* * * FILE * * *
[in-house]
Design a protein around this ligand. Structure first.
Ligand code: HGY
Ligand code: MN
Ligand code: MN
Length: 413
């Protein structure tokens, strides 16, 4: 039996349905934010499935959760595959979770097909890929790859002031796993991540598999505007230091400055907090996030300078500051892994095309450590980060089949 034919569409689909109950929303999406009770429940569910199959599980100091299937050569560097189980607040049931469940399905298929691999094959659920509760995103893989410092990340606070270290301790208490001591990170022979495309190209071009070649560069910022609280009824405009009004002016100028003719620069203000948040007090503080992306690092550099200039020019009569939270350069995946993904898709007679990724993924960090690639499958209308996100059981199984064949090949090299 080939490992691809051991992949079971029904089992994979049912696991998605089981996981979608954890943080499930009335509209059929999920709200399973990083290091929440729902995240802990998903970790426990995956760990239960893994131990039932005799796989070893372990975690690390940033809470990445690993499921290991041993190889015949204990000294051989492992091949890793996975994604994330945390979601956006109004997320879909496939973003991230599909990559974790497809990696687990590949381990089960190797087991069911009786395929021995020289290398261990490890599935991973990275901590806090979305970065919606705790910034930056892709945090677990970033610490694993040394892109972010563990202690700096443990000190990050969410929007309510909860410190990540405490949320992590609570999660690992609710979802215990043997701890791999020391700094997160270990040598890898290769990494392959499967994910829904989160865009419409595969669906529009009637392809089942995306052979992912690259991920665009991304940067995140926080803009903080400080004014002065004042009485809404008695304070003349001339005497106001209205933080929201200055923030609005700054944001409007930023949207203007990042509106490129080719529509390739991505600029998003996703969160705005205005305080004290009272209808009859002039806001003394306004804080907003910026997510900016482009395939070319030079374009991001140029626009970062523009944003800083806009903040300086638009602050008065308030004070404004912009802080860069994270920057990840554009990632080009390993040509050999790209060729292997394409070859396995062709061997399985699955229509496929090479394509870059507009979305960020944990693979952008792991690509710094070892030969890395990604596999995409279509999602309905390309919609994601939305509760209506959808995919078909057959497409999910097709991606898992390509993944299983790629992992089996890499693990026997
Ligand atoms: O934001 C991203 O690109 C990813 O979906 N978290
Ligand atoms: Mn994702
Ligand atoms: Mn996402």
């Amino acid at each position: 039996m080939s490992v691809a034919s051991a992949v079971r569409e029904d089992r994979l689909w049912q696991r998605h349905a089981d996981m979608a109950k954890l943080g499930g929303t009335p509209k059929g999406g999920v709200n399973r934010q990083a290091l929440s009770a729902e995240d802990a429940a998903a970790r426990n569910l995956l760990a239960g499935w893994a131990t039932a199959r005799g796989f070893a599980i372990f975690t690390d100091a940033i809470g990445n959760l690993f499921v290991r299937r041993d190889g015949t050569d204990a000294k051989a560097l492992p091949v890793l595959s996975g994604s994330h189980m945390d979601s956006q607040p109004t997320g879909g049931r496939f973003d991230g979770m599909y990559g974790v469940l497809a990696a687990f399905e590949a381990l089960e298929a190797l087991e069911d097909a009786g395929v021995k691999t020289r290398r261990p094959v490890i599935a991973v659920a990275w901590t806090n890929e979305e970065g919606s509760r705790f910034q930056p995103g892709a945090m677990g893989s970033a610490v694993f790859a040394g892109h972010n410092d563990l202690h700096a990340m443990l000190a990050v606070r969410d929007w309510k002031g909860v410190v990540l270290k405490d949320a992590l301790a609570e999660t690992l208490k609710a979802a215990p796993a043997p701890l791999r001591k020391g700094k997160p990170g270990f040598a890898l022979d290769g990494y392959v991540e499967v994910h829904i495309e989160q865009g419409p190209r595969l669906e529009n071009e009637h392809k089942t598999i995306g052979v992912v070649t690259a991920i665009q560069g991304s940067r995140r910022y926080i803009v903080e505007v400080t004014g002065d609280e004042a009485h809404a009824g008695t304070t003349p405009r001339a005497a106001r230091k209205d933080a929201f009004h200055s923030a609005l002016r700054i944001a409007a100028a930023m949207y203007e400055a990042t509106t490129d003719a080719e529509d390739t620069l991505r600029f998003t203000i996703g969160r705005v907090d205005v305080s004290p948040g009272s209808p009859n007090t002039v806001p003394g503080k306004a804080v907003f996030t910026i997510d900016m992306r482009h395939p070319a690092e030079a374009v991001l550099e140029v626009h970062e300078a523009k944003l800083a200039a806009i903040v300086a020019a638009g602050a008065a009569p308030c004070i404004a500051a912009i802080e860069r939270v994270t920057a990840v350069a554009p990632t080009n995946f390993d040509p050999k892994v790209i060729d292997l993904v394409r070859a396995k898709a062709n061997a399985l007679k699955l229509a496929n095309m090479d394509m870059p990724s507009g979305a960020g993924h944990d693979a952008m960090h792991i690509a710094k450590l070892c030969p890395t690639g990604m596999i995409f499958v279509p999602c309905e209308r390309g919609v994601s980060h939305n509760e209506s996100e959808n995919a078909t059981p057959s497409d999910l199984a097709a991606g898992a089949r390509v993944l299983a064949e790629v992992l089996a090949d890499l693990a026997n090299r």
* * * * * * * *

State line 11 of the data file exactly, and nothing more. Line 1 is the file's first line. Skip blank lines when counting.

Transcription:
């Amino acid at each position: 039996m080939s490992v691809a034919s051991a992949v079971r569409e029904d089992r994979l689909w049912q696991r998605h349905a089981d996981m979608a109950k954890l943080g499930g929303t009335p509209k059929g999406g999920v709200n399973r934010q990083a290091l929440s009770a729902e995240d802990a429940a998903a970790r426990n569910l995956l760990a239960g499935w893994a131990t039932a199959r005799g796989f070893a599980i372990f975690t690390d100091a940033i809470g990445n959760l690993f499921v290991r299937r041993d190889g015949t050569d204990a000294k051989a560097l492992p091949v890793l595959s996975g994604s994330h189980m945390d979601s956006q607040p109004t997320g879909g049931r496939f973003d991230g979770m599909y990559g974790v469940l497809a990696a687990f399905e590949a381990l089960e298929a190797l087991e069911d097909a009786g395929v021995k691999t020289r290398r261990p094959v490890i599935a991973v659920a990275w901590t806090n890929e979305e970065g919606s509760r705790f910034q930056p995103g892709a945090m677990g893989s970033a610490v694993f790859a040394g892109h972010n410092d563990l202690h700096a990340m443990l000190a990050v606070r969410d929007w309510k002031g909860v410190v990540l270290k405490d949320a992590l301790a609570e999660t690992l208490k609710a979802a215990p796993a043997p701890l791999r001591k020391g700094k997160p990170g270990f040598a890898l022979d290769g990494y392959v991540e499967v994910h829904i495309e989160q865009g419409p190209r595969l669906e529009n071009e009637h392809k089942t598999i995306g052979v992912v070649t690259a991920i665009q560069g991304s940067r995140r910022y926080i803009v903080e505007v400080t004014g002065d609280e004042a009485h809404a009824g008695t304070t003349p405009r001339a005497a106001r230091k209205d933080a929201f009004h200055s923030a609005l002016r700054i944001a409007a100028a930023m949207y203007e400055a990042t509106t490129d003719a080719e529509d390739t620069l991505r600029f998003t203000i996703g969160r705005v907090d205005v305080s004290p948040g009272s209808p009859n007090t002039v806001p003394g503080k306004a804080v907003f996030t910026i997510d900016m992306r482009h395939p070319a690092e030079a374009v991001l550099e140029v626009h970062e300078a523009k944003l800083a200039a806009i903040v300086a020019a638009g602050a008065a009569p308030c004070i404004a500051a912009i802080e860069r939270v994270t920057a990840v350069a554009p990632t080009n995946f390993d040509p050999k892994v790209i060729d292997l993904v394409r070859a396995k898709a062709n061997a399985l007679k699955l229509a496929n095309m090479d394509m870059p990724s507009g979305a960020g993924h944990d693979a952008m960090h792991i690509a710094k450590l070892c030969p890395t690639g990604m596999i995409f499958v279509p999602c309905e209308r390309g919609v994601s980060h939305n509760e209506s996100e959808n995919a078909t059981p057959s497409d999910l199984a097709a991606g898992a089949r390509v993944l299983a064949e790629v992992l089996a090949d890499l693990a026997n090299r």